Even to those following the statewide aftermath of the HERO defeat, the news release arrived seemingly out of the blue: Patrick was calling for the resignation of Fort Worth school district superintendent Kent Scribner for “unilaterally adopting Transgender Student Guidelines.” The debate over the district’s policies had been largely a local issue until it began drawing attention among conservative activists statewide — and Patrick was on top of it, traveling the next day to the district to challenge Scribner in his backyard.
Patrick’s crusade got a major boost days later, when the Obama administration issued a directive instructing every school district in the country to let transgender students use the bathroom that corresponds with their gender identity. Word of the directive got out in the middle of the Texas GOP convention in Dallas, where Patrick had already been making the media rounds highlighting his showdown with Scribner.
“He says he’s going to withhold funding if schools do not follow the policy,” Patrick said of Obama during a hastily arranged news conference at the Kay Bailey Hutchison Convention Center. “Well, in Texas, he can keep his 30 pieces of silver. We will not be blackmailed by the president of the United States.”
While Patrick was pushing harder on the issue, Abbott and his office offered a more measured approach. The governor was critical of Scribner but did not go as far to say he should step down. In the previous month, when Patrick had started suggesting that the state may need a bathroom bill, an Abbott spokesman simply said the governor has “always sought to protect family values in Texas, and he looks forward to continuing that work in the 85th legislative session.”
And at the GOP convention, where the issue burned white hot, Abbott waded more deeply into the debate, telling delegates he is “working with the governor of North Carolina, and we are going to fight back.” Yet he still lagged Patrick’s zeal for the cause — Abbott gave it five sentences in a half-hour speech at the convention — and Patrick’s “blackmail” moment remained the dominant memory for many who were in Dallas that weekend.
If it was not a statewide issue before, it was one now.
Waiting for Abbott
By the time lawmakers set their sights back on Austin for the legislative session in January, Patrick — fresh off a successful campaign season as Texas chairman for Donald Trump’s presidential bid — led the way forward on making bathroom guidelines the issue that would largely dominate the next 20 weeks.
In early January, he unveiled Senate Bill 6, a North Carolina-like measure to regulate bathroom use in governments buildings and public schools based on “biological sex” — which would keep transgender Texans from using bathrooms that match their gender identity — and to nix local nondiscrimination policies meant to allow transgender Texas to use the bathroom of their choice.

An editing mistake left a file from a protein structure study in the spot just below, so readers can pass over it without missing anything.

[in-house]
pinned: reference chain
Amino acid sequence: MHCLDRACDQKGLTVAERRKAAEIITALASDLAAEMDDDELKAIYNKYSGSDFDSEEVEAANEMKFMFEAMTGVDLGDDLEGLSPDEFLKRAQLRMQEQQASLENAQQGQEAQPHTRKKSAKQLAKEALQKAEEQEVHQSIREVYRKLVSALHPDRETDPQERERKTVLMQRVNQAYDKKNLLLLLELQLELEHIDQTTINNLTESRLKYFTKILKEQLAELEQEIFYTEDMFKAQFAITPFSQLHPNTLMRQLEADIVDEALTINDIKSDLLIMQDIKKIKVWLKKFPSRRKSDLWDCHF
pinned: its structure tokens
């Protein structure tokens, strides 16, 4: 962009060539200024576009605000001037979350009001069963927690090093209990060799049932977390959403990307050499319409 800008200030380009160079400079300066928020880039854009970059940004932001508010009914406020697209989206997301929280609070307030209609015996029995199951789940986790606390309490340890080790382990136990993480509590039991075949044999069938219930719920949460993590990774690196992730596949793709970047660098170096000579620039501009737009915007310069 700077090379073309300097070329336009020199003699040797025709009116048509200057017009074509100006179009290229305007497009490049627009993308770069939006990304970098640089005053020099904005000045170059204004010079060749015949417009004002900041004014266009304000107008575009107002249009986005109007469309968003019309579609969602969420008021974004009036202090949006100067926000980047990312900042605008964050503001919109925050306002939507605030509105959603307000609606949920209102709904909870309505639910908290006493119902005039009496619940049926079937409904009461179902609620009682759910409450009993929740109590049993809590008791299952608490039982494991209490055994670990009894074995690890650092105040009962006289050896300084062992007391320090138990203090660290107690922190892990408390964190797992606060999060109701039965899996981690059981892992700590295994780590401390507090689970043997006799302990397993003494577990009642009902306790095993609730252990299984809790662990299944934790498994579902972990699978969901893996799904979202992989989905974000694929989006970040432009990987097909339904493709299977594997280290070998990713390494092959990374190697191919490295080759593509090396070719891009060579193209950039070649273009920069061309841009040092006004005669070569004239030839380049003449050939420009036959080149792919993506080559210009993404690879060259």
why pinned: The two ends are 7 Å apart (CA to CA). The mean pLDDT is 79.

The proposal drew fierce backlash from the business community, which worried that such a proposal was discriminatory and could lead to the economic demise that roiled North Carolina after it passed its own “bathroom bill.” Backed by LGBT rights advocates, business groups started off a long campaign against any bathroom regulations that could further stigmatize transgender Texans, an already vulnerable group with little political clout.
Patrick relied, in part, on the HERO fight and Obama’s guidelines in articulating why the state needed a law to regulate bathroom use. When Trump, a few weeks later, rescinded Obama’s guidelines, Patrick doubled down on the issue, seemingly emboldened by the administration’s stated interest in leaving the issue of bathroom regulations to states.
All the while, Abbott remained largely silent even after suggesting in January that the fate of the Obama guidance under Trump could factor into whether he’d support or oppose a “bathroom bill.”
Instead, it was Straus — long considered a business-friendly moderate — who emerged as a de facto keeper of the business community’s concerns. After indicating early on that Patrick’s bathroom proposal was not his “most urgent concern,” Straus in a speech to the Texas Association of Business largely echoed the group’s qualms about the economic fallout that could follow the passage of a “bathroom bill.”
“There’s been a lot of work put into our state’s economic success,” Straus said in what, at the time, amounted to his most dour remarks on Patrick’s proposal. “We want to continue that success, and we want Texas to keep attracting the best and the brightest. One way to maintain our edge is to send the right signals about who we are.”
Straus’ words would only become more direct and disparaging as the session wore on. He went onto say he wasn’t “a fan of the bill” and eventually come out in clear opposition to the proposal, calling it “manufactured and unnecessary.”
In fact, Abbott was so apprehensive about speaking out on the issue that even Straus goaded him to weigh in, saying his opinion could make a “big difference.” He would later chide the governor’s silence when asked about it months later by responding: “Well, I never give up on anyone.”
Abbott’s remarks on the proposal early on were limited to his blasting of the NFL for raising the prospect that the “bathroom bill” could impact future events in the state. But when he was asked by reporters if this meant he was supporting SB 6, Abbott demurred.
“A thoughtful proposal”
It wasn’t until mid-April — with SB 6 effectively bottled up in the House by Straus — that Abbott directly entered the legislative debate, weighing into what had come to encapsulate broader differences between Patrick and Straus and how they managed their respective chambers. In a statement, Abbott called House Bill 2899, what was emerging as a House alternative to SB 6, a “thoughtful proposal.”
Abbott’s comments on Republican state Rep. Ron Simmons‘ bill, which would have invalidated local trans-inclusive policies and school accommodations for transgender students, came just a day before a House panel held an overnight hearing on it after months of the lower chamber offering no movement on the issue.